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Thread: Geco 158 grain truncated cone FP FMJ .38 & .357?

  1. #21
    Member
    Join Date
    Jul 2017
    Location
    Texas
    I've never seen jacketed revolver bullets that did not have a crimp groove, but my statement does not imply that they don't exist. I do concede, though, that taper crimping revolver bullets has become an acceptable reloading practice even when roll crimping is omitted. My preference is using the Lee die that does both. And then there is a Lee collet die available for some calibers that will put the mother of all crimps on bullets by tightening a collet to exert tremendous force against the case mouth and bullet. Very high recoiling revolver rounds are one application for collet die crimping.

    Many years ago I would see pistol ammo like 9mm and .45 ACP that had a cannelure on the case directly behind where the projectile would be in the case. The cannelure served as an indentation to prevent bullet set back in the case. Often I have wondered why premium defense ammo does not include case cannelures. Cannelure tools are available for the experimentor.

  2. #22
    Member
    Join Date
    Oct 2011
    Location
    Asuncion, Paraguay
    Quote Originally Posted by willie View Post
    I've never seen jacketed revolver bullets that did not have a crimp groove, but my statement does not imply that they don't exist. I do concede, though, that taper crimping revolver bullets has become an acceptable reloading practice even when roll crimping is omitted. My preference is using the Lee die that does both. And then there is a Lee collet die available for some calibers that will put the mother of all crimps on bullets by tightening a collet to exert tremendous force against the case mouth and bullet. Very high recoiling revolver rounds are one application for collet die crimping.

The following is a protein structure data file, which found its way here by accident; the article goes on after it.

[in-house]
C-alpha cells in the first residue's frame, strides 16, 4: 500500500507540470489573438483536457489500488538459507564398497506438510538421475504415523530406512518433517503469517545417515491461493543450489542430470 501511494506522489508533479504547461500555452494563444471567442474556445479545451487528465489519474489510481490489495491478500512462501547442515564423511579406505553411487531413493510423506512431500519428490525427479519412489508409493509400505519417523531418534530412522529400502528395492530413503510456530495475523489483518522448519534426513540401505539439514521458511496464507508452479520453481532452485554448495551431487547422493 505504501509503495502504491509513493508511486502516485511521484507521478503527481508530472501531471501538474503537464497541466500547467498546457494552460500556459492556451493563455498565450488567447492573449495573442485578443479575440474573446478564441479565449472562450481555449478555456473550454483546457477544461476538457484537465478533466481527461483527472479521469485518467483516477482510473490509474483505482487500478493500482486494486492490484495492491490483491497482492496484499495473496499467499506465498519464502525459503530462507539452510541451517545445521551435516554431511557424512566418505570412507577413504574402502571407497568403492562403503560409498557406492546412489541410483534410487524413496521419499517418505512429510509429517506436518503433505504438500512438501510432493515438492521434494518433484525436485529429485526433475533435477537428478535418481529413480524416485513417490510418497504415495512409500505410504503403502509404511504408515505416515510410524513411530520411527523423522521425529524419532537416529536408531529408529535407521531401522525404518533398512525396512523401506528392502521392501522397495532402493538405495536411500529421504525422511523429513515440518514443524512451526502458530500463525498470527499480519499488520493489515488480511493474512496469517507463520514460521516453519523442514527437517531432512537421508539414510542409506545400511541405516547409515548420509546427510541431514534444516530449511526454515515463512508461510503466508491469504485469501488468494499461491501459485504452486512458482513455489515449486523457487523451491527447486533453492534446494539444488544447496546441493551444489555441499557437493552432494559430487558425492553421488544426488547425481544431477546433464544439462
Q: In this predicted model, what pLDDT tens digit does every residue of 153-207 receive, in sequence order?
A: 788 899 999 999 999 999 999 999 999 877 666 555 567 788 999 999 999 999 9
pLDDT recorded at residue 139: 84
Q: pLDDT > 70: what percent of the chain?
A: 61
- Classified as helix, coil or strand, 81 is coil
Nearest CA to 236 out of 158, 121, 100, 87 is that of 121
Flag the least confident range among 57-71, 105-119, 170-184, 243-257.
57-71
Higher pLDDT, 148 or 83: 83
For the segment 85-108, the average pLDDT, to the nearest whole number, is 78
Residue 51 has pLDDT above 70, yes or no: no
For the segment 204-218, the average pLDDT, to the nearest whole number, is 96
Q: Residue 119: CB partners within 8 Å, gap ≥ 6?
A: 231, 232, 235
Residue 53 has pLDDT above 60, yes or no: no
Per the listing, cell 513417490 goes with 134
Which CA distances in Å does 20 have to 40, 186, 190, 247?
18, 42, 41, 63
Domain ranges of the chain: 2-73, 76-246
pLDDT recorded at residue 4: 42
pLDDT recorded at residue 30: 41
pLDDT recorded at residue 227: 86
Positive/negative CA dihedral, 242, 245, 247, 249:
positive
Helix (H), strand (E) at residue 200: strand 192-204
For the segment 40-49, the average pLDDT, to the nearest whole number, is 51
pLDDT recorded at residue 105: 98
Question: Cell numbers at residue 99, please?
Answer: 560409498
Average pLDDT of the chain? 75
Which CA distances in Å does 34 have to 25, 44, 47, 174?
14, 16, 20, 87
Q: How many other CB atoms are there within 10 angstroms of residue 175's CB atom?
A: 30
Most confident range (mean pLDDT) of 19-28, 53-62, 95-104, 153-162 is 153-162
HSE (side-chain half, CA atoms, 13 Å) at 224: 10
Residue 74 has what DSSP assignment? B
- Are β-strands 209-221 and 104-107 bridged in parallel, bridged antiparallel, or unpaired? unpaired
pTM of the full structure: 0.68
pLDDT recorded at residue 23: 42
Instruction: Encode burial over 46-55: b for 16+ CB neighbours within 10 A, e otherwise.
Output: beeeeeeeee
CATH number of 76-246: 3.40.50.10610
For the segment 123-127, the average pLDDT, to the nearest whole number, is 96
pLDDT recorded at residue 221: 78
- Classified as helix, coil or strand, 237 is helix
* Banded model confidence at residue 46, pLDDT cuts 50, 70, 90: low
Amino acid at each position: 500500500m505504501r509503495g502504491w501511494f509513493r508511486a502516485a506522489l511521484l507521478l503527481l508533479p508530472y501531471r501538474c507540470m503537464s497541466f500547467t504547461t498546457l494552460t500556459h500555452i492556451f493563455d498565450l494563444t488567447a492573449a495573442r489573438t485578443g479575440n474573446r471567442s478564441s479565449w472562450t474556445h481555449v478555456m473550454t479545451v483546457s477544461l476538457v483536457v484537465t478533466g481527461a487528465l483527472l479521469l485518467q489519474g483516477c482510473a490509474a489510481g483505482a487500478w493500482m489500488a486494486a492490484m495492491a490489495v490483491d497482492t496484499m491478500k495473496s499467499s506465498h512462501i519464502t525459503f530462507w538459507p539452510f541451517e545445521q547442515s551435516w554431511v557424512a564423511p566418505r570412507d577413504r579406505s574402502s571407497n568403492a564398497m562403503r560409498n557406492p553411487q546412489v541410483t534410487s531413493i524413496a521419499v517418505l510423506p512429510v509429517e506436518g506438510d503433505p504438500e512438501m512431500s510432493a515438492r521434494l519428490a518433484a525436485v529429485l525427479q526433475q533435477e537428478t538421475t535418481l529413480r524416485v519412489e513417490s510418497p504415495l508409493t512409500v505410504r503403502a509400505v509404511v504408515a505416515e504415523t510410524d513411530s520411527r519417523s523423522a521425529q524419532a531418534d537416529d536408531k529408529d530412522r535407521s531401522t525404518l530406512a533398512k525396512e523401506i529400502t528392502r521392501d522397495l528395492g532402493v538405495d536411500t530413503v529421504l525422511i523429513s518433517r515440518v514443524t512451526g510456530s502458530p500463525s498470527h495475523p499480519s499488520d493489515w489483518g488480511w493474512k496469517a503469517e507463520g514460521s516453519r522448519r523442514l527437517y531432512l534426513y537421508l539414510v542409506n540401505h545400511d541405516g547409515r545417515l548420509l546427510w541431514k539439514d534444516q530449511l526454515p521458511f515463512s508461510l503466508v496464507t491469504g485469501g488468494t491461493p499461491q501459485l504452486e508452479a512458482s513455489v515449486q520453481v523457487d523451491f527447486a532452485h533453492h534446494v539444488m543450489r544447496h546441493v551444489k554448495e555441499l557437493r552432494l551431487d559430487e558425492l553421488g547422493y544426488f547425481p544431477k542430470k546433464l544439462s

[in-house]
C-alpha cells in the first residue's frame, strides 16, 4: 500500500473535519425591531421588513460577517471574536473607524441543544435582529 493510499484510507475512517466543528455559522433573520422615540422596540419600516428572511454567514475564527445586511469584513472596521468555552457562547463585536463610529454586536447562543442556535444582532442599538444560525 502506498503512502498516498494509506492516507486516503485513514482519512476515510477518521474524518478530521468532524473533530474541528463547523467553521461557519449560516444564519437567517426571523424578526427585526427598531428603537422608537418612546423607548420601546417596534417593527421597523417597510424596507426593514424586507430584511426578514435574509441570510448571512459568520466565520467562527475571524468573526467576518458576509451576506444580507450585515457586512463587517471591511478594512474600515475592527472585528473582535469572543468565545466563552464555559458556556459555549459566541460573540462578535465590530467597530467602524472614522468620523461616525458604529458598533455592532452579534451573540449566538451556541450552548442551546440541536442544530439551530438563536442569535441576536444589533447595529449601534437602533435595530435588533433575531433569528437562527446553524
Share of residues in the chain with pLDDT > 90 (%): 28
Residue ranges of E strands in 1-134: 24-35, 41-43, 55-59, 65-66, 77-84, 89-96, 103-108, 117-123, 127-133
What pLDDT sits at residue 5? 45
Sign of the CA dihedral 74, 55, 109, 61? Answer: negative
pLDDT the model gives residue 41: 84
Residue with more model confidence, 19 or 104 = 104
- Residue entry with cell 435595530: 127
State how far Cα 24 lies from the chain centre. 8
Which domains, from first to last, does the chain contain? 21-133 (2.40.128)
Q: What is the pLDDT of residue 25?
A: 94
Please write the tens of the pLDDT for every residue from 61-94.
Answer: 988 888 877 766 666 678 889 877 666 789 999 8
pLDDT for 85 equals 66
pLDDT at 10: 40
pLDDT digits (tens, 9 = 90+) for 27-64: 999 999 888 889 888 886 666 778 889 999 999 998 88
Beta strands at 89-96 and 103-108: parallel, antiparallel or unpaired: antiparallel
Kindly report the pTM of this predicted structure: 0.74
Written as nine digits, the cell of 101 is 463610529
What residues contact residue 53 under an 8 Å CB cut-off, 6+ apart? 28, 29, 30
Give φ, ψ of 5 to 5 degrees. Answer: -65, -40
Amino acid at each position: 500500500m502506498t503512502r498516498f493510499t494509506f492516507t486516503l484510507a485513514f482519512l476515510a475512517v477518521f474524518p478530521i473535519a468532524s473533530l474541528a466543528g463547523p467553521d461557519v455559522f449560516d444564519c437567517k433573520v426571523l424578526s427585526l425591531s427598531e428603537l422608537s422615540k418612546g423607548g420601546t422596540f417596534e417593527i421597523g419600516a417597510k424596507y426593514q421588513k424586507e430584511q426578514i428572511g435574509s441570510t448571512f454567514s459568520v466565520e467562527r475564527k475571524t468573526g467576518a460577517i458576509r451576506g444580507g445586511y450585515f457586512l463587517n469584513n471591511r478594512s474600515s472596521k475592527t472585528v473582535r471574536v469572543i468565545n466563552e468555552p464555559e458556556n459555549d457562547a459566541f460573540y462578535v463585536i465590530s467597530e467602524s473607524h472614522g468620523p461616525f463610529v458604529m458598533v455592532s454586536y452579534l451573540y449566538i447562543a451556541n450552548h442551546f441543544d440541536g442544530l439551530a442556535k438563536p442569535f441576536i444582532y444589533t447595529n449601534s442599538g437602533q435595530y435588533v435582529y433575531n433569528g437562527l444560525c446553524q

Many years ago I would see pistol ammo like 9mm and .45 ACP that had a cannelure on the case directly behind where the projectile would be in the case. The cannelure served as an indentation to prevent bullet set back in the case. Often I have wondered why premium defense ammo does not include case cannelures. Cannelure tools are available for the experimentor.
    I wonder this as well...

    Corbin makes a cannelure tool. A friend has one and we used it for hand made and factory jacketed bullets. Never used them for the case, to avoid set back.

    Oh, the good 'ol days when I had enough idle time to experiment... Three kids changed that

  3. #23
    Site Supporter LtDave's Avatar
    Join Date
    Feb 2011
    Location
    Central AZ
    Case cannelure = extra step, more cost. Fiocchi still does it on their Italian made .380 ammo.
    The first indication a bad guy should have that I'm dangerous is when his
    disembodied soul is looking down at his own corpse wondering what happened.

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